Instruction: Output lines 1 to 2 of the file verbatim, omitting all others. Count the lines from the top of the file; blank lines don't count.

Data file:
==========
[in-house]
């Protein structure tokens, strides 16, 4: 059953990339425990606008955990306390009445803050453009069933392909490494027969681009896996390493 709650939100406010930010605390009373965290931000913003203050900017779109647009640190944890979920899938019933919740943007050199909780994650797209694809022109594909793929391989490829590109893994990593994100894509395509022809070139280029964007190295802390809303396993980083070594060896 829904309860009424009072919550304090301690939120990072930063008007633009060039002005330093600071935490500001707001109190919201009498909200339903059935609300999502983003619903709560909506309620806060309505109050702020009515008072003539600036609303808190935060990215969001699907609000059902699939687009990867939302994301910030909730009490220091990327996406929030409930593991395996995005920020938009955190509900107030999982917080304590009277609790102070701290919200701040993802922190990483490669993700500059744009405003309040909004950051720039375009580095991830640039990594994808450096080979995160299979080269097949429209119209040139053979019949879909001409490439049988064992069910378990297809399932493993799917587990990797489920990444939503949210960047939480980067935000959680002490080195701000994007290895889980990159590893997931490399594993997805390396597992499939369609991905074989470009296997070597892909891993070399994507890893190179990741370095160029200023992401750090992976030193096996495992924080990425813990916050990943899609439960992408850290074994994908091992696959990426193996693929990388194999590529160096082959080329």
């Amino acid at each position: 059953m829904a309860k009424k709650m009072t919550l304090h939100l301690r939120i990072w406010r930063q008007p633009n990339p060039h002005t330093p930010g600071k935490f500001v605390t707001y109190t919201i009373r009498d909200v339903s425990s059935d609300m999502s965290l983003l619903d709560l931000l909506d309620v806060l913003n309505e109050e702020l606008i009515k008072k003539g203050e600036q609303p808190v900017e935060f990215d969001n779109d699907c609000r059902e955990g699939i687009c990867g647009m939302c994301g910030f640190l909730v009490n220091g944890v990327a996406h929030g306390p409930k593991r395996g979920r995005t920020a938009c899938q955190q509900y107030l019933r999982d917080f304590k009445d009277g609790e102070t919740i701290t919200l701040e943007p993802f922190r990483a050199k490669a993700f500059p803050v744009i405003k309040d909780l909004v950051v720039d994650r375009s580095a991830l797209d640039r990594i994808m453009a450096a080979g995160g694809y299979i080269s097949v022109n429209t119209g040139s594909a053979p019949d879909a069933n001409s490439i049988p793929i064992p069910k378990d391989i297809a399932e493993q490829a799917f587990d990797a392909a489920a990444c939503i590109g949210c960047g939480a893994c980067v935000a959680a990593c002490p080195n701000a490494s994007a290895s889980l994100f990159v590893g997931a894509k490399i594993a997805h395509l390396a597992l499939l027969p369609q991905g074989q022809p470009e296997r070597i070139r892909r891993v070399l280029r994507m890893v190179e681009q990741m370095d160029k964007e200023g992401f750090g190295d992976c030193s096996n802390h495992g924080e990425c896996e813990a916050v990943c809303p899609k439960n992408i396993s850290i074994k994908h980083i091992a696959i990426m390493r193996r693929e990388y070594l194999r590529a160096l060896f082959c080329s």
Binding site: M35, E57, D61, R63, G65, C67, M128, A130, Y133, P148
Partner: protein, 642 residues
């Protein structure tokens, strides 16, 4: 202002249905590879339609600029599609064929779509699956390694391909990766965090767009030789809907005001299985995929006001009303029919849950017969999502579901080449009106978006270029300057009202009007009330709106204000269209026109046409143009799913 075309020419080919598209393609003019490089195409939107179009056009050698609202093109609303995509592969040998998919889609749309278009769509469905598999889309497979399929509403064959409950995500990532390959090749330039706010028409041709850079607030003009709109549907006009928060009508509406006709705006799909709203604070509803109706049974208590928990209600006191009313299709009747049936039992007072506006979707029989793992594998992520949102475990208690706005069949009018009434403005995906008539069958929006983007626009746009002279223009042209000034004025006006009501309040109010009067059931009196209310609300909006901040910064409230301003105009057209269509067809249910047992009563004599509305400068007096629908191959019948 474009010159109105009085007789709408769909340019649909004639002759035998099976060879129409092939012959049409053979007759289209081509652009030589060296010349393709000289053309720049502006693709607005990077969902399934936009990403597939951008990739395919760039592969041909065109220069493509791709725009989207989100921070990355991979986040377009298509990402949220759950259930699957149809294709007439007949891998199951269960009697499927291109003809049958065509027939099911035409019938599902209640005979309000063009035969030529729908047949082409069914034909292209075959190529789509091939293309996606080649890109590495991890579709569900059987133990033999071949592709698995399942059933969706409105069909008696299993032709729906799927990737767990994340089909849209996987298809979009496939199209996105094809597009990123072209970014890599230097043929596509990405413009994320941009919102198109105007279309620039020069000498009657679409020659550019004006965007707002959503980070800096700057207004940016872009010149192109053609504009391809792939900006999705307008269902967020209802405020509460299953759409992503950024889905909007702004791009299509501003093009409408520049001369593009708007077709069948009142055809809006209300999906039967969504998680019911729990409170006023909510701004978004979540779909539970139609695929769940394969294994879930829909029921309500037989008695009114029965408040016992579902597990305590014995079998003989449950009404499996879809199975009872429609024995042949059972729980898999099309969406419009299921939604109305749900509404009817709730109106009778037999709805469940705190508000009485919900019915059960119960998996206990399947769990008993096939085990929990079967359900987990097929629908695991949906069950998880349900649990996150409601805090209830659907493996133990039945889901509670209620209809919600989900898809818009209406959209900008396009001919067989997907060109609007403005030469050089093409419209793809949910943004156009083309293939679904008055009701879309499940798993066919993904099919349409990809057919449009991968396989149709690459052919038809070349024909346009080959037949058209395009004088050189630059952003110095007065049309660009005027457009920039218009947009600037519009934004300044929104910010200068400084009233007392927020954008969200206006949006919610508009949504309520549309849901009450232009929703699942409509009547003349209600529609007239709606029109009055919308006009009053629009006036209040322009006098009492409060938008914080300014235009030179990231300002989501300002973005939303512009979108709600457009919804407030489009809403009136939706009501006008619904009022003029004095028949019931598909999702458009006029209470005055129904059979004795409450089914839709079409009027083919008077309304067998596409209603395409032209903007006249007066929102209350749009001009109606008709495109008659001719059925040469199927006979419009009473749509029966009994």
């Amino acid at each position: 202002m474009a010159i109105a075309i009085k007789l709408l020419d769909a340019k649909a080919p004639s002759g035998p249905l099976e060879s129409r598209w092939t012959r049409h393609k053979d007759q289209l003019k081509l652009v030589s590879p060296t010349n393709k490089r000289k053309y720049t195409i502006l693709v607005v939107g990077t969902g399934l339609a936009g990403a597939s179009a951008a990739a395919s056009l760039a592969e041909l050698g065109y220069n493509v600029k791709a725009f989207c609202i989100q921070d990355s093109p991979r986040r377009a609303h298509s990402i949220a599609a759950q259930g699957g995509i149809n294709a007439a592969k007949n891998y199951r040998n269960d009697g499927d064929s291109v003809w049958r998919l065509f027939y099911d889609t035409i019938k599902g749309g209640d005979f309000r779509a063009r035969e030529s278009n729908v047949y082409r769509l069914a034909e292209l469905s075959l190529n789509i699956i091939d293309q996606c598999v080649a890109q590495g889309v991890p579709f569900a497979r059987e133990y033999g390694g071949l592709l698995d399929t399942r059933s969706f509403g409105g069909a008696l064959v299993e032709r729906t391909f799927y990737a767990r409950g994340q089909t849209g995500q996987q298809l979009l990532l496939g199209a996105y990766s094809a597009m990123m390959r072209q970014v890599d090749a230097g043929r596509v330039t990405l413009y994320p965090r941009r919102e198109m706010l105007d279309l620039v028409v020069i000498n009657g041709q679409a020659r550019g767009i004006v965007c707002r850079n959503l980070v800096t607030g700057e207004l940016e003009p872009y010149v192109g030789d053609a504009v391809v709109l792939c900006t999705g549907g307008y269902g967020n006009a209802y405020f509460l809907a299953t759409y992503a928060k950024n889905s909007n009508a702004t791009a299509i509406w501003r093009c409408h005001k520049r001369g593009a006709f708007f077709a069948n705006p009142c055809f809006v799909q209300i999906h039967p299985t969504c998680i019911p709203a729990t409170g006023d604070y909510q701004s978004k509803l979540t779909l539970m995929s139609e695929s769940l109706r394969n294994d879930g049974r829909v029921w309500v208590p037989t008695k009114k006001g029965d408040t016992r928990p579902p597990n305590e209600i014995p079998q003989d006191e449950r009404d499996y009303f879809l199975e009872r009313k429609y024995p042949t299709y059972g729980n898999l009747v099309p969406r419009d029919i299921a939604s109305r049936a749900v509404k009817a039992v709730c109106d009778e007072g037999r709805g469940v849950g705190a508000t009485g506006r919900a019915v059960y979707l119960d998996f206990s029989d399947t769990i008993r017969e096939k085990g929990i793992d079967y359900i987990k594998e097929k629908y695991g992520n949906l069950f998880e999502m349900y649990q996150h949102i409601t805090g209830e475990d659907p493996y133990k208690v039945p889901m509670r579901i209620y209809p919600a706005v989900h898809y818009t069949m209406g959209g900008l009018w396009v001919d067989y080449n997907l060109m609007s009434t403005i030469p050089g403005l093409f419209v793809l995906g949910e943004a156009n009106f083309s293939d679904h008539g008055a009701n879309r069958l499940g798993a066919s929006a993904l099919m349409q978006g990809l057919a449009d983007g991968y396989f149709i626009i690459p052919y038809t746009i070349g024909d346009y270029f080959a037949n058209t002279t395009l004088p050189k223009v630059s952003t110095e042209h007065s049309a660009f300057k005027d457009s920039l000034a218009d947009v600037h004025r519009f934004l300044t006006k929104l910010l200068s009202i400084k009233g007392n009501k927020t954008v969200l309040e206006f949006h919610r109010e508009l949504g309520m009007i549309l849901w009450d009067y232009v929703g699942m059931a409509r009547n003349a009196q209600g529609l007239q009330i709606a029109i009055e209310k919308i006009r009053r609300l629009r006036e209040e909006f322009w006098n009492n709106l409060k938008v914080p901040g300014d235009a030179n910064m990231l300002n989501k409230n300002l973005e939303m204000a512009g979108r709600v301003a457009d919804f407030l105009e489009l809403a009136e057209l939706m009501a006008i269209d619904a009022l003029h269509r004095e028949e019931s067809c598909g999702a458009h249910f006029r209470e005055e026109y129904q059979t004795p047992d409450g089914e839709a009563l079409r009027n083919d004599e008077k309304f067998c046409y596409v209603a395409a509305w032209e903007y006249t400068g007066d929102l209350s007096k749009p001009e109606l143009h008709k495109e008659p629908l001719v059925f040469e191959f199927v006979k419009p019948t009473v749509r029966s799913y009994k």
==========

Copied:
[in-house]
């Protein structure tokens, strides 16, 4: 059953990339425990606008955990306390009445803050453009069933392909490494027969681009896996390493 709650939100406010930010605390009373965290931000913003203050900017779109647009640190944890979920899938019933919740943007050199909780994650797209694809022109594909793929391989490829590109893994990593994100894509395509022809070139280029964007190295802390809303396993980083070594060896 829904309860009424009072919550304090301690939120990072930063008007633009060039002005330093600071935490500001707001109190919201009498909200339903059935609300999502983003619903709560909506309620806060309505109050702020009515008072003539600036609303808190935060990215969001699907609000059902699939687009990867939302994301910030909730009490220091990327996406929030409930593991395996995005920020938009955190509900107030999982917080304590009277609790102070701290919200701040993802922190990483490669993700500059744009405003309040909004950051720039375009580095991830640039990594994808450096080979995160299979080269097949429209119209040139053979019949879909001409490439049988064992069910378990297809399932493993799917587990990797489920990444939503949210960047939480980067935000959680002490080195701000994007290895889980990159590893997931490399594993997805390396597992499939369609991905074989470009296997070597892909891993070399994507890893190179990741370095160029200023992401750090992976030193096996495992924080990425813990916050990943899609439960992408850290074994994908091992696959990426193996693929990388194999590529160096082959080329």